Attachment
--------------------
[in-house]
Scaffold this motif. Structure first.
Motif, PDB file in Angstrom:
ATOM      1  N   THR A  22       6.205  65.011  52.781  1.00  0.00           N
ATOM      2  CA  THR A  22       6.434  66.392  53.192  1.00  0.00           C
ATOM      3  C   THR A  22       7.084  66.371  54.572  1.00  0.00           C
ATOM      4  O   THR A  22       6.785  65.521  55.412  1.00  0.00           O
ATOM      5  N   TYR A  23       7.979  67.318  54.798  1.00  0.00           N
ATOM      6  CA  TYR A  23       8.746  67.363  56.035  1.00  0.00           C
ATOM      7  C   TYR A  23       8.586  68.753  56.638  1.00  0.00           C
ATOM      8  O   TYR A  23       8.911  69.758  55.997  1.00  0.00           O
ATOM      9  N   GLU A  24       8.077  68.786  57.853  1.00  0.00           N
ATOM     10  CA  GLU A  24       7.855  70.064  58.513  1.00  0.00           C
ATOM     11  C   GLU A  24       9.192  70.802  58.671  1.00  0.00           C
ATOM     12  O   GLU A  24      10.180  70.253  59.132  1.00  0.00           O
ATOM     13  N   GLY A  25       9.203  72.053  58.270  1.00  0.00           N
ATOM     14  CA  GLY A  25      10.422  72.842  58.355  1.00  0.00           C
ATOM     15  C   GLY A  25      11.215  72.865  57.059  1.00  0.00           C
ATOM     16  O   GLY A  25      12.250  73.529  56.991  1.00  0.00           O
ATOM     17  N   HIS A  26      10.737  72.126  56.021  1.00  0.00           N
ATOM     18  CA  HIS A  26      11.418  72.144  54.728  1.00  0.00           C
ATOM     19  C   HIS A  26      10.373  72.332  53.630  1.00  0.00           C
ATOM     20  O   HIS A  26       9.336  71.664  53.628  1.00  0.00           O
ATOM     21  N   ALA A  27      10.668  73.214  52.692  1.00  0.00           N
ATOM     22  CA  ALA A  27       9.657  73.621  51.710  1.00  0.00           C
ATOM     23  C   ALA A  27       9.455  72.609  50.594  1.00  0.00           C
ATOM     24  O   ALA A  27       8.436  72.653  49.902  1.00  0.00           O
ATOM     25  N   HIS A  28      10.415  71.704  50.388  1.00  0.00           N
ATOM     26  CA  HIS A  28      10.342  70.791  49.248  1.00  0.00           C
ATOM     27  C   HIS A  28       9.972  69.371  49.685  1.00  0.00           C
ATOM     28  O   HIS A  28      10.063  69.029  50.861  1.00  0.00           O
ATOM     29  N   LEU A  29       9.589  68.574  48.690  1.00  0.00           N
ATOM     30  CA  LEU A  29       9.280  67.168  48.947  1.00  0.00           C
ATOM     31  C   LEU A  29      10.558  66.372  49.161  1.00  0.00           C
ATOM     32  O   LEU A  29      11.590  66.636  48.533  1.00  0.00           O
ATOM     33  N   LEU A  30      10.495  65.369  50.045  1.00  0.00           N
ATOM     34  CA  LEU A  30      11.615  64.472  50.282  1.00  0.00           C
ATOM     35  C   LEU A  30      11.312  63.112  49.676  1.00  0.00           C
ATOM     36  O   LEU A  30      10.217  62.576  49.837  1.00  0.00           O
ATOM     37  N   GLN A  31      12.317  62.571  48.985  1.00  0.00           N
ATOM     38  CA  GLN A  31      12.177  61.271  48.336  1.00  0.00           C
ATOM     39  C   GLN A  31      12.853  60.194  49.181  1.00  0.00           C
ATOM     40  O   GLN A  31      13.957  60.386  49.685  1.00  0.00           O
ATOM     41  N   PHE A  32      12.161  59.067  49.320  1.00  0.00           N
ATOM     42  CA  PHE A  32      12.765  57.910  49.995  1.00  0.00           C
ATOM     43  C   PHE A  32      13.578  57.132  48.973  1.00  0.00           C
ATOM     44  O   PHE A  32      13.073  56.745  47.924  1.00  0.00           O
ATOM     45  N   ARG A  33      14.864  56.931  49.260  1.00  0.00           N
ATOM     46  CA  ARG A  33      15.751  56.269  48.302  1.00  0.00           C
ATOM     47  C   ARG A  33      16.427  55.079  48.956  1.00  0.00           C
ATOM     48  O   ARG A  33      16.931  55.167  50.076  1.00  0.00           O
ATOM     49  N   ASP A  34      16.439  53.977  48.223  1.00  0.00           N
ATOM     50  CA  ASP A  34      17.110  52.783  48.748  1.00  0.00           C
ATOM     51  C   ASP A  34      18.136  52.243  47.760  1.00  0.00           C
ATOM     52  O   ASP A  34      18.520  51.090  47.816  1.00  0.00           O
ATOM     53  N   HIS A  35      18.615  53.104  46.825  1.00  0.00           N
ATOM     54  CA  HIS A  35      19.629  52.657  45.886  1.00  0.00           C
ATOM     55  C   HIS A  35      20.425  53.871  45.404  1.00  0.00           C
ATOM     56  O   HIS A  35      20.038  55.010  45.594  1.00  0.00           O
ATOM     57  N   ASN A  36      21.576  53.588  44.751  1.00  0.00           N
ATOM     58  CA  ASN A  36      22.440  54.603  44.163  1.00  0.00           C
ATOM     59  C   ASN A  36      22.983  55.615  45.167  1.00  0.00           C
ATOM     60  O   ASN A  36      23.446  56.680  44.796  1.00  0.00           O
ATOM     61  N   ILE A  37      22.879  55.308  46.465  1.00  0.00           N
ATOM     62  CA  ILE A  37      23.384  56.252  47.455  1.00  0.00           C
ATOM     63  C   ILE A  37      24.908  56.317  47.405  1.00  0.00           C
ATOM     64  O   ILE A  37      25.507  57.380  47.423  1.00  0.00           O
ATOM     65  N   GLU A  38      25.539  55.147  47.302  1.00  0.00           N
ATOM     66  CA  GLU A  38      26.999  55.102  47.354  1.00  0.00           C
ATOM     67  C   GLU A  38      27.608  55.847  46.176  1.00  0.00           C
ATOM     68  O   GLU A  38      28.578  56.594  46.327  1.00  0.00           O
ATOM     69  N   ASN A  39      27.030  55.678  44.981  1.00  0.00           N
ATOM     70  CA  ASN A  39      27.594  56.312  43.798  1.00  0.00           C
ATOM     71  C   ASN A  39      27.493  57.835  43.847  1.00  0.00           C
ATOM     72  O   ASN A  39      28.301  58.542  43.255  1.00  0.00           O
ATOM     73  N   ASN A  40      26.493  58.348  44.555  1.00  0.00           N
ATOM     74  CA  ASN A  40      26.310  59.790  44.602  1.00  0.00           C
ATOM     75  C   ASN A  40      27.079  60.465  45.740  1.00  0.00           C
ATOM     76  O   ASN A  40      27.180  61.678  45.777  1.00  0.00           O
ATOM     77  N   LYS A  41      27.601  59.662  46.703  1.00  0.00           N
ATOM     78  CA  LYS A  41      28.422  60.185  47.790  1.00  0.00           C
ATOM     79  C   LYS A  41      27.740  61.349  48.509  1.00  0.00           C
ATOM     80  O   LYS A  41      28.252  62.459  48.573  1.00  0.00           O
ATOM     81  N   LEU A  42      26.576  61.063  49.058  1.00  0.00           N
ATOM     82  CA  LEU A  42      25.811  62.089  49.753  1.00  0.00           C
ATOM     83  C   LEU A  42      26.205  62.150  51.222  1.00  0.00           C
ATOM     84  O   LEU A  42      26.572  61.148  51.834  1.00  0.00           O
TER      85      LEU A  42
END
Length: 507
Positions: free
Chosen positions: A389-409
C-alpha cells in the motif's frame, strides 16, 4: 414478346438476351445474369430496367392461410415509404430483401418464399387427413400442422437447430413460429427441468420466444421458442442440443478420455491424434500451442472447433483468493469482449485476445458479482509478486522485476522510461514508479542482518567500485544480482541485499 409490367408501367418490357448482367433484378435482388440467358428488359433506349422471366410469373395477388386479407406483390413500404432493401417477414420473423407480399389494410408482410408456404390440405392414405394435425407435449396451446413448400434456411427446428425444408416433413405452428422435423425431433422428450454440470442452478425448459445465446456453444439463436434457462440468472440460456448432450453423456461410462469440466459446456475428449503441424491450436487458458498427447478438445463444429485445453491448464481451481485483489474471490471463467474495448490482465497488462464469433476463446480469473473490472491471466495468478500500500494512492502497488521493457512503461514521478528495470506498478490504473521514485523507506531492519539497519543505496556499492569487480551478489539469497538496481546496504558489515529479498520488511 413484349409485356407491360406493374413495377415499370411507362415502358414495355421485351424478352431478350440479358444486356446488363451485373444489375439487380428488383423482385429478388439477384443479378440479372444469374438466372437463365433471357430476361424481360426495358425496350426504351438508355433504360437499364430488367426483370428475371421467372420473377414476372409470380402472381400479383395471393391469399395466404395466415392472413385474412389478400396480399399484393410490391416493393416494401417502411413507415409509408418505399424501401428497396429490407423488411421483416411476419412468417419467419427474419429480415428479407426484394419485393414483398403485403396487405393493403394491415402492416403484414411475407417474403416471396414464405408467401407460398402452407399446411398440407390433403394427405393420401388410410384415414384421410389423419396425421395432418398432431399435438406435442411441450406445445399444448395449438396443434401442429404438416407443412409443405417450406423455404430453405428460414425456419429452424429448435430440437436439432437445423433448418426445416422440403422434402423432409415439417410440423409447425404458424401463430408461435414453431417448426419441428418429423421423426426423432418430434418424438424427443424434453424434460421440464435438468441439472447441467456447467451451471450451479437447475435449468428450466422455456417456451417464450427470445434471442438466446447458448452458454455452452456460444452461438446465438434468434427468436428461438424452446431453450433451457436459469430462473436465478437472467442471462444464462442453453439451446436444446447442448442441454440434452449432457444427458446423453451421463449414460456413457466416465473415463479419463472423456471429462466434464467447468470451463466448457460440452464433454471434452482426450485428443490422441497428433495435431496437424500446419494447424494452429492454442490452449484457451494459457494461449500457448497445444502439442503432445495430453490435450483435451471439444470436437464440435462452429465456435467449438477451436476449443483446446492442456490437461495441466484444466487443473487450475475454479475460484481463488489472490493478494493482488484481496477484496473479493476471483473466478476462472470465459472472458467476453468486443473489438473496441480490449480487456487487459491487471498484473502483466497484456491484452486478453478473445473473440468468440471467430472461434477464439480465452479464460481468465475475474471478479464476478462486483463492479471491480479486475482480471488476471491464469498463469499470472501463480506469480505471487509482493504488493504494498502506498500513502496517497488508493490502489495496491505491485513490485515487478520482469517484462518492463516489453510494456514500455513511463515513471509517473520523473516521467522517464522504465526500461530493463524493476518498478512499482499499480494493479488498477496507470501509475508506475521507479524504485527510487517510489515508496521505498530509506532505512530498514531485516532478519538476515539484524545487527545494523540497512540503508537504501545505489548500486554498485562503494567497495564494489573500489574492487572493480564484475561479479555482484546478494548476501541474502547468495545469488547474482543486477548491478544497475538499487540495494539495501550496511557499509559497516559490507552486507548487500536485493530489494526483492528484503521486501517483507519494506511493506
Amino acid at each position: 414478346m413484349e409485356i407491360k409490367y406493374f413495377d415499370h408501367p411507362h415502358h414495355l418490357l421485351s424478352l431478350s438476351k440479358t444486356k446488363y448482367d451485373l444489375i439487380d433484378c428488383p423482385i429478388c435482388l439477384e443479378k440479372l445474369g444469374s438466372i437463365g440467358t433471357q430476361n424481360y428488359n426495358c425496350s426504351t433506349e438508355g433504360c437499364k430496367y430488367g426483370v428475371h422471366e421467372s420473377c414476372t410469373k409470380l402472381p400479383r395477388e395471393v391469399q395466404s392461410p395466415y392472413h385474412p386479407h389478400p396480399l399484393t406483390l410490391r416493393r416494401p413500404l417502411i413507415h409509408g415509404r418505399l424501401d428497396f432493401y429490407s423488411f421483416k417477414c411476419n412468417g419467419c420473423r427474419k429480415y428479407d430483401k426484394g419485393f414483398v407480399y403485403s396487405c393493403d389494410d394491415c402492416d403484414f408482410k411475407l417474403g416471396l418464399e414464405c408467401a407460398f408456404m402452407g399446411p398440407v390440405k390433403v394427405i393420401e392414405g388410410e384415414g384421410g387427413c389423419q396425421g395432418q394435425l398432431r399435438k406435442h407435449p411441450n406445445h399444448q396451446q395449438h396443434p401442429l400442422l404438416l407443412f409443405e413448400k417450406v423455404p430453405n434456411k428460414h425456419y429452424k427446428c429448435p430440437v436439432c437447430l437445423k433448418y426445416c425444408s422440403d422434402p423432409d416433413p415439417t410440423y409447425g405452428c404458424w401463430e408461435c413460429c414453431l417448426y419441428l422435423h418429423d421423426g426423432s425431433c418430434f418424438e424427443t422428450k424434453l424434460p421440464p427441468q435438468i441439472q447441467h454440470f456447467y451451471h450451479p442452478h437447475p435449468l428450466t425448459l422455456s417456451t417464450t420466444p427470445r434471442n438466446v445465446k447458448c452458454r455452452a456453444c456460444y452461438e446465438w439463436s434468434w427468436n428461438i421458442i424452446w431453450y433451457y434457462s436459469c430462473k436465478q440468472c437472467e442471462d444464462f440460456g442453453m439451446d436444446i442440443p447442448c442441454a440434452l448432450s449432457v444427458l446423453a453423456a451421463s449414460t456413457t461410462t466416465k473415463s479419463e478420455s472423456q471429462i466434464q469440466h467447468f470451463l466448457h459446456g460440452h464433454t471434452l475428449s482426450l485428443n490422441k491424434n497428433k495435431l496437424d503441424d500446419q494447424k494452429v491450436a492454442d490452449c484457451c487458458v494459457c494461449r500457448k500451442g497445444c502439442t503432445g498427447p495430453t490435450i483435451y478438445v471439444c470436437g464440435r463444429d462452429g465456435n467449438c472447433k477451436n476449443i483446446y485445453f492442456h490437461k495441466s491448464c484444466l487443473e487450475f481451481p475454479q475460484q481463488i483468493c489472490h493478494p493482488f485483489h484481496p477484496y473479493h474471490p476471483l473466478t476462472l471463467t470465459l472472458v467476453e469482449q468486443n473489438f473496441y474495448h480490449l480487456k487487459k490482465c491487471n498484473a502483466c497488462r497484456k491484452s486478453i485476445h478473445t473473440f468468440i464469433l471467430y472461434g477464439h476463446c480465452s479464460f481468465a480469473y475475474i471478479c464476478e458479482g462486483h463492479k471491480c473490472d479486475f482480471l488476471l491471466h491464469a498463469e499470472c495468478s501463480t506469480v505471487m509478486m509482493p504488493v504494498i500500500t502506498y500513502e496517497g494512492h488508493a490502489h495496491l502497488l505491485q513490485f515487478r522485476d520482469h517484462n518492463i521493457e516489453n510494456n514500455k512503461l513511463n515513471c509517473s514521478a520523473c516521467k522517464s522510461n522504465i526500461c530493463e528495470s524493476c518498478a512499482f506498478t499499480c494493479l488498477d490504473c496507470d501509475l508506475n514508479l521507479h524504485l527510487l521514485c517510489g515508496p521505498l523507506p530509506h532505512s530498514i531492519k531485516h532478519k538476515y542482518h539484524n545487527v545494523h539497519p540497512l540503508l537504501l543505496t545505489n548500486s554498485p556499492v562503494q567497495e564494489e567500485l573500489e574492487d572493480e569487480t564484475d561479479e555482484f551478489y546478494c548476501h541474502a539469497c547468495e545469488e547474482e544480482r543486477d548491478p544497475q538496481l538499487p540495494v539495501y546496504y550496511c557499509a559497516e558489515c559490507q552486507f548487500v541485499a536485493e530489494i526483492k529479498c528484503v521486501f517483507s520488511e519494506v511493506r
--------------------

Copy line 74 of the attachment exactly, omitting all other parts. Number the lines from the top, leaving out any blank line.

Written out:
ATOM     71  C   ASN A  39      27.493  57.835  43.847  1.00  0.00           C